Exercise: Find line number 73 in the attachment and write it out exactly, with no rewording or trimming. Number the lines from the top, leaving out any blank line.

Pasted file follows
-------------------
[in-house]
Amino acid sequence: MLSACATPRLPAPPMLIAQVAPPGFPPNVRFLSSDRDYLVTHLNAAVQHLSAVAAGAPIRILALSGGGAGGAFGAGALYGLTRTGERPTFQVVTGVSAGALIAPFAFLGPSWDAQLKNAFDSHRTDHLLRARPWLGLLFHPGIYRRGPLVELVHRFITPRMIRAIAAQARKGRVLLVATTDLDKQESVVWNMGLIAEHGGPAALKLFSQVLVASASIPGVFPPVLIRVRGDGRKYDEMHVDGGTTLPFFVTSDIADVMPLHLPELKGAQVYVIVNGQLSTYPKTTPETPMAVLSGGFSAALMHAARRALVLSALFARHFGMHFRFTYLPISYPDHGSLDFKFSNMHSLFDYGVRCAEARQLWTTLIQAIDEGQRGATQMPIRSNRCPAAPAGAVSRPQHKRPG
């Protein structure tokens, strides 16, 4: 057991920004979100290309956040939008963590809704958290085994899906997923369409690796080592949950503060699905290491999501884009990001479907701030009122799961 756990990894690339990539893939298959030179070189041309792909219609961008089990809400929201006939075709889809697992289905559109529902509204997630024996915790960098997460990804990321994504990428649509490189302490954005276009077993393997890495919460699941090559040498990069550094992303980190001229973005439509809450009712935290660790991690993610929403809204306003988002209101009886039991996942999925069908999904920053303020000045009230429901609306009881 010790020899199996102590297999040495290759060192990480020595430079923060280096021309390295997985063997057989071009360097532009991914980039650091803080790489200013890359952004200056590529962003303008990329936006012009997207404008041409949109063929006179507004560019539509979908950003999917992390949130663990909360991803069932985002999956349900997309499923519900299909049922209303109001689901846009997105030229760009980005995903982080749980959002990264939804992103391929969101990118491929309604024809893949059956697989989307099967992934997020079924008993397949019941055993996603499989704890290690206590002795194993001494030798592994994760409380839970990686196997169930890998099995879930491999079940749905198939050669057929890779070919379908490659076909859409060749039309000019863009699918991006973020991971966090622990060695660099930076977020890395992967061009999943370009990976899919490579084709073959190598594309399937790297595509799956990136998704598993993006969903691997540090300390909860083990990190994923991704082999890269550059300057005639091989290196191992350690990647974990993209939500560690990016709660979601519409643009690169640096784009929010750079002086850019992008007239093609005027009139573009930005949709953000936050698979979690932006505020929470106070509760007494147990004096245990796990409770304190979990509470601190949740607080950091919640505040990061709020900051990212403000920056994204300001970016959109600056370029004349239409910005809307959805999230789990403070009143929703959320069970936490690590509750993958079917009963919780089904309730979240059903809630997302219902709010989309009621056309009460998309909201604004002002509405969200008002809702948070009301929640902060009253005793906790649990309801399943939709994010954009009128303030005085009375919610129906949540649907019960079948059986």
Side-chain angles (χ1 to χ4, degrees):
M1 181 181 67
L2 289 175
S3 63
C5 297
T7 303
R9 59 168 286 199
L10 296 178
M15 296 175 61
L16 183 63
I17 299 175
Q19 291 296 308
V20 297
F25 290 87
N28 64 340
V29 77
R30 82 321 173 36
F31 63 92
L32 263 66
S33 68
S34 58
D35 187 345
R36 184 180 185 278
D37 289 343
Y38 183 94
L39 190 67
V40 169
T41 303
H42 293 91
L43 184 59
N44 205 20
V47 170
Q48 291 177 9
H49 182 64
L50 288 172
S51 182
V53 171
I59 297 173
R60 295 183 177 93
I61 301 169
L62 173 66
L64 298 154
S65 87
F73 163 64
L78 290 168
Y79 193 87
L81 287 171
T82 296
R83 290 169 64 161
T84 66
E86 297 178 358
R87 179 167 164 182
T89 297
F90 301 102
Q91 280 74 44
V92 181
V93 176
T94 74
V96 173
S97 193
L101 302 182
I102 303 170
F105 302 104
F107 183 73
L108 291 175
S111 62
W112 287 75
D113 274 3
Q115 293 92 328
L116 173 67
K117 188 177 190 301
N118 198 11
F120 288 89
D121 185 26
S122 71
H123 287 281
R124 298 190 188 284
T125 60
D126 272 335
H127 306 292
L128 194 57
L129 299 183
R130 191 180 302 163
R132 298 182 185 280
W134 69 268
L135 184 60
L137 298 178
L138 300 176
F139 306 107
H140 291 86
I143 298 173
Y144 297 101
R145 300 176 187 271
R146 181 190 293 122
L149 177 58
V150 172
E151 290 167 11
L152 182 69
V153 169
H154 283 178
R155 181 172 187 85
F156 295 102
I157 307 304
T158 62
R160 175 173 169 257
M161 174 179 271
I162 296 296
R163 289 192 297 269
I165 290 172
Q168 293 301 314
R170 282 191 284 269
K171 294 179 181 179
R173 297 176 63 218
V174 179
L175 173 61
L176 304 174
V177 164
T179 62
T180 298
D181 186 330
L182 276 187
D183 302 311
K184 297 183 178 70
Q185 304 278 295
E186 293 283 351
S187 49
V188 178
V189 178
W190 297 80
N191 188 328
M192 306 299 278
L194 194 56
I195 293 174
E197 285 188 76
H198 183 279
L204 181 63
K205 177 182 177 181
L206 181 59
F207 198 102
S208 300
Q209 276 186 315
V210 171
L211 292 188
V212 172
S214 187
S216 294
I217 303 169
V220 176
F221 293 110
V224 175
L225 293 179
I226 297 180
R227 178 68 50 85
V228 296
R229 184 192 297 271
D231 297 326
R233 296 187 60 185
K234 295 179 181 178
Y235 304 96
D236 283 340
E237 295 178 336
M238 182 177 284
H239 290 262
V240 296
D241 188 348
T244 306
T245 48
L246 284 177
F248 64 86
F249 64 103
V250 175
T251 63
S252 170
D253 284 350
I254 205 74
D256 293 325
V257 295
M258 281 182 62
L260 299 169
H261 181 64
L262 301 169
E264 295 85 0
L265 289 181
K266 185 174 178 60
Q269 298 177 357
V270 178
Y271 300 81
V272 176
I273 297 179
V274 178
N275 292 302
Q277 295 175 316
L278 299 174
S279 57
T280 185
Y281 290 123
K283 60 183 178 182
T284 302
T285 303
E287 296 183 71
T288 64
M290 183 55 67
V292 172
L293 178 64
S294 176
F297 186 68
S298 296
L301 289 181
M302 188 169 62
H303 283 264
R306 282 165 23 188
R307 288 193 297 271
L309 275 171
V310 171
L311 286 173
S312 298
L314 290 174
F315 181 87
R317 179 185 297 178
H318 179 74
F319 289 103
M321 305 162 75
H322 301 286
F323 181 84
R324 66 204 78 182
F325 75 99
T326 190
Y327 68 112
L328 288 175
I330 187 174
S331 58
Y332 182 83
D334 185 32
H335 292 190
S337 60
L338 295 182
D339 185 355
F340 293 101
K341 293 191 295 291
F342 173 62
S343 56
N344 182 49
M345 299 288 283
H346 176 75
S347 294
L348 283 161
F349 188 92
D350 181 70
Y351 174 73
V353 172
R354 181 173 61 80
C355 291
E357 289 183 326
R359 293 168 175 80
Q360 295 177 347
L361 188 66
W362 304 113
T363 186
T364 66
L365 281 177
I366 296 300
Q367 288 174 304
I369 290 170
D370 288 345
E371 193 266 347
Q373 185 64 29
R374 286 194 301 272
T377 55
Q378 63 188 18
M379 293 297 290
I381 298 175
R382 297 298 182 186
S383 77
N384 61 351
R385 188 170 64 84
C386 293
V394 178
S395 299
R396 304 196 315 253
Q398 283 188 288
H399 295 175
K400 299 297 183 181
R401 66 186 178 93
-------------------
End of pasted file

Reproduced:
L116 173 67